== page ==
For the named entity recogniser, AbGene was used to annotate the gene names in the document. AbGene  was pre-trained on annotated Medline abstracts with a reported F-score of 98%. Tanabe  showed that it is possible to use AbGene on full text articles from PubMed Central (PMC) with a reduced level of performance at 72.6% precision and 66.7% recall. Since our abstracts were selected from Medline and the full text was selected from PMC and Google search, we can expect broadly similar levels of performance with this earlier experiment.
The experiment tested several linguistic features which we describe in detail below:
(1) GN: Gene name terms
Following gene name annotation with AbGene, genes were listed according to their frequency in the document and the top n genes were selected as features to train the model. Here, n is a fixed number decided before the experiment. We varied n from 1 to 100 in preliminary experiments, with the results indicating that the larger n was, the better the results were. As n > 100 was difficult to handle using our CRF software due to machine memory limitations, n = 100 was used in the experiment.
(2) OF: Organism frequency
Organism name mentions were used as a reference for classifying the text into different model organisms. The organism names included not only mice, fly and yeast but also synonym words such as mouse, drosophila, and saccharomyces. This list was compiled by hand according to the NCBI taxonomy.
(3) MH: MeSH headings
Bloehdorn and Hotho  report that MeSH headings improved the accuracy of classification by 3% to 5%. We therefore selected the three frequently mentioned MeSH headings for each based on frequency in the training data.
(4) DT: Document title terms
Some of the document titles contained organism name mentions and gene name mentions which were then used as features in the rule classification model and NLP classification model.
(5) TS: Term-species
If one sentence contained a gene name and a species name, the weight of the species name was counted by using the distance between the species name and gene name. The total weight was tallied for each article, and the weight of the species name was used as a feature.
(6) JN: Journal Name
This was the name of the journal in which the abstract or article was published.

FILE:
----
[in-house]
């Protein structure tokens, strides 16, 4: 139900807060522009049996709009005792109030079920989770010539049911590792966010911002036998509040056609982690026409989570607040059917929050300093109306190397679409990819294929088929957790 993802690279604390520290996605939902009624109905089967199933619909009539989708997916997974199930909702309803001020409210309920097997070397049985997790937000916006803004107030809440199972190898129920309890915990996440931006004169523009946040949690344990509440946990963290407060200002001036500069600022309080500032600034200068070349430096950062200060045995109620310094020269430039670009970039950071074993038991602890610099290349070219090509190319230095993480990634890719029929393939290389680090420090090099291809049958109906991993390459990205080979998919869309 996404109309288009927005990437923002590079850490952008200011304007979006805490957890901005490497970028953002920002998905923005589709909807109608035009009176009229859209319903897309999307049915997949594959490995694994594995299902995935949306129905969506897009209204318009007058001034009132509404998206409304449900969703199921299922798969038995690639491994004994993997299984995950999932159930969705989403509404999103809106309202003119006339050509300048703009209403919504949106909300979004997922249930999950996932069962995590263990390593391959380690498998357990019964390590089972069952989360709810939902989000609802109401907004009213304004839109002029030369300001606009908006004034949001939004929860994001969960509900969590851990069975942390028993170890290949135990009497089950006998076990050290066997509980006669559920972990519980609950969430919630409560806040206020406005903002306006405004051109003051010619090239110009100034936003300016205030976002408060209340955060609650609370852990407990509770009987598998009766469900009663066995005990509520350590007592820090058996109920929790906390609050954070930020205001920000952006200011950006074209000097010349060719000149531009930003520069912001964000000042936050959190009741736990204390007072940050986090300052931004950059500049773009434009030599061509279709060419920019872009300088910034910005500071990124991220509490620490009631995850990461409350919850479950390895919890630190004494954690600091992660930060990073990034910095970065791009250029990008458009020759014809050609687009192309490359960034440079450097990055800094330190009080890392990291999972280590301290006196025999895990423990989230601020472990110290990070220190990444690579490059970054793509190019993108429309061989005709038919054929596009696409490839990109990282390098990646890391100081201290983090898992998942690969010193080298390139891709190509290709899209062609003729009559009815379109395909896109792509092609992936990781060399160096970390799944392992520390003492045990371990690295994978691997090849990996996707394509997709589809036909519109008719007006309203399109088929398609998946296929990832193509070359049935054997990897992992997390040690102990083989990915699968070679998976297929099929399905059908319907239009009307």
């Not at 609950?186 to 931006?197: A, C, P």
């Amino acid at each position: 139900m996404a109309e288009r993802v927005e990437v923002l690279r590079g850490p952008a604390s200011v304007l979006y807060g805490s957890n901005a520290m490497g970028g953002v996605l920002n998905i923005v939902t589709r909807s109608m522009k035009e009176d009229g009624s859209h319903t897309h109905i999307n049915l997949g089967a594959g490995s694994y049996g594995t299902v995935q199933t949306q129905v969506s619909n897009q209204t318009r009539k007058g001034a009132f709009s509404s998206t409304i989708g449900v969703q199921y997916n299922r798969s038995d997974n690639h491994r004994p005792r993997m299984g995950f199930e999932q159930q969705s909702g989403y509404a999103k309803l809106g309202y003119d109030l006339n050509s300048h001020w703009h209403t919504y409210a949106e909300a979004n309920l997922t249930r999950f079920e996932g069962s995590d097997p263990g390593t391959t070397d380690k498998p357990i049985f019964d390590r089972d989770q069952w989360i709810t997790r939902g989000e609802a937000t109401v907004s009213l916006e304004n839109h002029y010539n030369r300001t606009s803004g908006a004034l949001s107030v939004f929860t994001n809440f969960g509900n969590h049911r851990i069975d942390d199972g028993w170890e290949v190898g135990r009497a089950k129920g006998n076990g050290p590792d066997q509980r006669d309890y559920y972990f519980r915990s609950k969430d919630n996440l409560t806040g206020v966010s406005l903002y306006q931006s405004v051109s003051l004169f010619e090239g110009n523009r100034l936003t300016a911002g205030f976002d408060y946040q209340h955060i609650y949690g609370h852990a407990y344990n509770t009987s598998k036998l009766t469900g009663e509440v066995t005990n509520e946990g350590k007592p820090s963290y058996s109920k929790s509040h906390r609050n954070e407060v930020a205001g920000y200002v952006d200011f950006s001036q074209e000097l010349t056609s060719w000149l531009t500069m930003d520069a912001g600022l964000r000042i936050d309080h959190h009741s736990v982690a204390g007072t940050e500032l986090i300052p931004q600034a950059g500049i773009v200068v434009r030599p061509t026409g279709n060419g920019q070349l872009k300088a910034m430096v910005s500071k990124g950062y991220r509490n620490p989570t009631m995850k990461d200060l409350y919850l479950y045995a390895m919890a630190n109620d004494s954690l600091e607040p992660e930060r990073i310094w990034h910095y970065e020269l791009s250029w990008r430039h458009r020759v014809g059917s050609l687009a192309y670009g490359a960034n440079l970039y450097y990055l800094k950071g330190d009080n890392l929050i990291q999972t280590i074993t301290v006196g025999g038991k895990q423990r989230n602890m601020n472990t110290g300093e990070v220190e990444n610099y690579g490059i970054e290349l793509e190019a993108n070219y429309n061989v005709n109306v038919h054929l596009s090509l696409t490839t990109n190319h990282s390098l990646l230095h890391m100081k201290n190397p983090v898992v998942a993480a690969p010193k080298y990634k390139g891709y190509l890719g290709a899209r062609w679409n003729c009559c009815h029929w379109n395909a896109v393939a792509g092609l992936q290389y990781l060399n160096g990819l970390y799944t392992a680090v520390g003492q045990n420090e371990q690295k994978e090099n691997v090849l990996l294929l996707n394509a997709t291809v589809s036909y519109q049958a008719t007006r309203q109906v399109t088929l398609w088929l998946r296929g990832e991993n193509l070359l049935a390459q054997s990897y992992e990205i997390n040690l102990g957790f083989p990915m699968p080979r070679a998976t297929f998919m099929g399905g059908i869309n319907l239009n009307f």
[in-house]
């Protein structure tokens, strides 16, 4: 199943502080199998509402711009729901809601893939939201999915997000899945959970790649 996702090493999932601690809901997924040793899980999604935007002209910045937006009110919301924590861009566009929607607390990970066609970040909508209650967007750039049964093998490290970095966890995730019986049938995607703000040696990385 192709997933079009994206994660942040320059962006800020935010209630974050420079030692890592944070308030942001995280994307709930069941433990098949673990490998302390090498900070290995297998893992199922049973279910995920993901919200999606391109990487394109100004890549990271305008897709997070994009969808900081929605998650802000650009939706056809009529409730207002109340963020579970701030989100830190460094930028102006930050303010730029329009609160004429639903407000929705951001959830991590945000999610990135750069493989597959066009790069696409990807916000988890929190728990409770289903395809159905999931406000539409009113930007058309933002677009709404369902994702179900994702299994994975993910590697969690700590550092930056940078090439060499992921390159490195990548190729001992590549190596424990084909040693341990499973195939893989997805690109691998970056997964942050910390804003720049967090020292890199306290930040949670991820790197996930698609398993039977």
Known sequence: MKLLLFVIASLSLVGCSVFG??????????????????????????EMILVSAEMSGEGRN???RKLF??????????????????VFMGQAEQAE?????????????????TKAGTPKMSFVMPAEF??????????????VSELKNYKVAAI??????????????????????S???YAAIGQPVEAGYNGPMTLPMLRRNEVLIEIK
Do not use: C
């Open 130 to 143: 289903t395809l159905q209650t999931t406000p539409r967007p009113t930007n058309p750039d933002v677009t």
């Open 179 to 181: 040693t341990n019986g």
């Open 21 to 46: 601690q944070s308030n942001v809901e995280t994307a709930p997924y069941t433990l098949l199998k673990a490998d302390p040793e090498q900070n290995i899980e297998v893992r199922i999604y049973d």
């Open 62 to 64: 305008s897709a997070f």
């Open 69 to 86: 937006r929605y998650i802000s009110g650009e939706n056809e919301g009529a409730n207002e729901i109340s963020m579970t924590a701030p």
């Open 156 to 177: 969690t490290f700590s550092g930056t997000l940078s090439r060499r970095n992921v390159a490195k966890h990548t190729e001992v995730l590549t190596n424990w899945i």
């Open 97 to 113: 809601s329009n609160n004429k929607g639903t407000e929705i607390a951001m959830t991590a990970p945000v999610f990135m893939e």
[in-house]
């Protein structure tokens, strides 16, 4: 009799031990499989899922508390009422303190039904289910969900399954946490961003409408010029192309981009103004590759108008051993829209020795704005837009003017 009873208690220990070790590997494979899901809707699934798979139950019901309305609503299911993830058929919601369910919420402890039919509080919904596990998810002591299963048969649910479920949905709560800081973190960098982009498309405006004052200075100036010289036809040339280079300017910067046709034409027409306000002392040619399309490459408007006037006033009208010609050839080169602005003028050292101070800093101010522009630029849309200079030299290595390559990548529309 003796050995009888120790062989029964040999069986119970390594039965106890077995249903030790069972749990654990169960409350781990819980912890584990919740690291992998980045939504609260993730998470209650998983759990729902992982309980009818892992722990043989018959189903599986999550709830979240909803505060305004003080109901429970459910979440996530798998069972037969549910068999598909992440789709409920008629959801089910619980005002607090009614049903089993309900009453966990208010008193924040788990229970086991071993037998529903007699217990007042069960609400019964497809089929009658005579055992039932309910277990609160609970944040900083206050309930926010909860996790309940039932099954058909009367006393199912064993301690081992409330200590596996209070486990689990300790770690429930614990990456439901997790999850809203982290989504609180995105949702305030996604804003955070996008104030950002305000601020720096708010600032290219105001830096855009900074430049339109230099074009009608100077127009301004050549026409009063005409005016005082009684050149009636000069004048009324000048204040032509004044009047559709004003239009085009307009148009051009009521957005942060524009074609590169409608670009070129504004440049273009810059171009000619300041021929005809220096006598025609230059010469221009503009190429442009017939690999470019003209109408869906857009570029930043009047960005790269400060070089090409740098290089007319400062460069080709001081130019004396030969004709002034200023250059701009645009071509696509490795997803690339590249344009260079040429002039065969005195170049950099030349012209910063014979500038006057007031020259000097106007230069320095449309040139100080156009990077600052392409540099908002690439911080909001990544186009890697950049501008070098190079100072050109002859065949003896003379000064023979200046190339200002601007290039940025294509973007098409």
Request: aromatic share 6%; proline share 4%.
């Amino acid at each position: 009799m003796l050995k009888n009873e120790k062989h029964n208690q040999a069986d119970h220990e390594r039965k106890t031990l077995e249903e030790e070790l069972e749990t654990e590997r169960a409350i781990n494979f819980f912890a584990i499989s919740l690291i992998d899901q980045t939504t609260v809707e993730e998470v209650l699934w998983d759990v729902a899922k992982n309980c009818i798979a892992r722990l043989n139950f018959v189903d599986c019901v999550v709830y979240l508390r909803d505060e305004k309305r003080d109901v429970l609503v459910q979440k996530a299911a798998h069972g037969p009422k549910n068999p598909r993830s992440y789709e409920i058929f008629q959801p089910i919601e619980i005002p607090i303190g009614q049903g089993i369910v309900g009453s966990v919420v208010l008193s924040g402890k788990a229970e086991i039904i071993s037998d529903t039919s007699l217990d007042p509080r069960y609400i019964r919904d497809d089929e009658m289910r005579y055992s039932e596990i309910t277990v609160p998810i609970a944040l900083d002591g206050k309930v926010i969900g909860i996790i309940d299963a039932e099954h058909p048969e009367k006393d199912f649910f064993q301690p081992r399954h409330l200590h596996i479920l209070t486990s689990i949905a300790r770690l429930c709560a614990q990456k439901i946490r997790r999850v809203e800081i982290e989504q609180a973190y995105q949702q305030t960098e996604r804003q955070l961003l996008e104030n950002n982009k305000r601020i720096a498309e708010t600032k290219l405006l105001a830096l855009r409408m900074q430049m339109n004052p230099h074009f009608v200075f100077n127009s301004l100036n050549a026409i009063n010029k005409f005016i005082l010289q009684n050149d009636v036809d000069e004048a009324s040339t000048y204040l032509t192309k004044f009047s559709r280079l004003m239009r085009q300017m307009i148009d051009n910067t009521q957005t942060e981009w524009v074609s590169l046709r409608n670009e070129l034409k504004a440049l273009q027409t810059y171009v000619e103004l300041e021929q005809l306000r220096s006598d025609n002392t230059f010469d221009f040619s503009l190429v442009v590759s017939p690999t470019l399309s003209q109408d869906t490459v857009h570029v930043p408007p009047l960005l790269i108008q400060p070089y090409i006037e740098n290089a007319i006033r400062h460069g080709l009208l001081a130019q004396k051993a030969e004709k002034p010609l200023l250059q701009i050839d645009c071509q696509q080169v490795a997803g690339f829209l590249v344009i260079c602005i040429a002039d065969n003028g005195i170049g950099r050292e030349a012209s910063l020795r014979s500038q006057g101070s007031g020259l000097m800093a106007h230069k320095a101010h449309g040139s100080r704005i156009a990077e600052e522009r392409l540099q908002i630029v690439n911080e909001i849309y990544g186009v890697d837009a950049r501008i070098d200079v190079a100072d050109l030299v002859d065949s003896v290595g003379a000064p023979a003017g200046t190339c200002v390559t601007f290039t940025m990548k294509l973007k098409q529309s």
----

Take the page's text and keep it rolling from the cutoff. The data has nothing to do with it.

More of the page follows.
(7) NT: Number of terms
First, gene list was extracted from the training corpus and sorted by the frequency of the gene. Then the number of genes in the top-100 frequent gene list was counted.
(8) AGN: Additional gene name terms
When there was a gene-species pair in one sentence, the gene name and species name was used to find an additional gene name in UniProt. For example, there was a gene named "IL2", by looking up in UniProt, the additional gene name was "Interleukin".
We consider a binary label where one entity can be either positive (+) or negative (-). In Table 1, the label stands for its gold standard label, and the assignment stands for the label given by the model. TP stands for true positive, TN stands for true negative, FP stands for false positive, and FN stands for false negative. Standard evaluation measures are defined on the basis of these labels as follows:
Table 1. Scoring Matrix
1. Precision P = TP/(TP+FP)
2. Recall: R = TP/(TP+FN)
3. F-score F = (2PR)/(P+R)
Experiment one: Comparison on different learner models
In the first experiment, eight different models were selected: Naïve Bayes, AdaBoost, Bagging, Decision table, Decision tree, Logistics Regression, CRF and SVMs. Table 2 compares the 10-fold cross evaluation of the different models. NB had the highest F-score (84.8% for fly, 73.9% for mouse and 73.8% for yeast), and CRF had the second highest (80.2% for fly, 73.0% for mouse and 72.3% for yeast). AdaBoost and Bagging both used Naïve Bayes as the base learner, but we did not observe a significant improvement when using the basic feature set. Logistics Regress performed well on fly (79.6%) but not so well on the other two species. SVMs gave high precision but low recall in fly and yeast; high recall but low precision in mouse.
Table 2. Result of experiment one: comparison of different models
The model comparison used only the basic feature set (MeSH headings, journal name, gene name, and article title). We also did feature analysis on MeSH headings and journal name in this experiment. The analysis showed that by using MeSH headings as a feature, a 2% improvement in F-score was achieved by using Naïve Bayes and CRFs. The journal name feature improved the F-score by 1% by using Naïve Bayes and CRFs.
Experiment two: Comparison of different feature sets
NB and CRF were selected as the two best performing models from Experiment one. This time we used an extended set of features that included TS (term-species) and OF (organism frequency) in 10-fold cross evaluation experiments. The best performing combination achieved an average F-score of 90.7%. As shown in Table 3, classification for fly achieved the best among the three kinds of organisms (97.1%) followed by mouse (88.6%) and yeast (85.5%). We considered that the reason for this is that for fly focussed experimental papers, the gene-species pairing gave a clear signal, whereas in mouse the organism was often considered as the experiment model for human so the gene-species pair and organism frequency became highly ambiguous. In yeast the species name of yeast was rarely mentioned in the paper. The most significant result was that by using TS, OF and AGN features; an improvement of 10% was achieved.
Table 3. Result of experiment two: comparison of different feature sets
Experiment three: Comparison on full texts and abstracts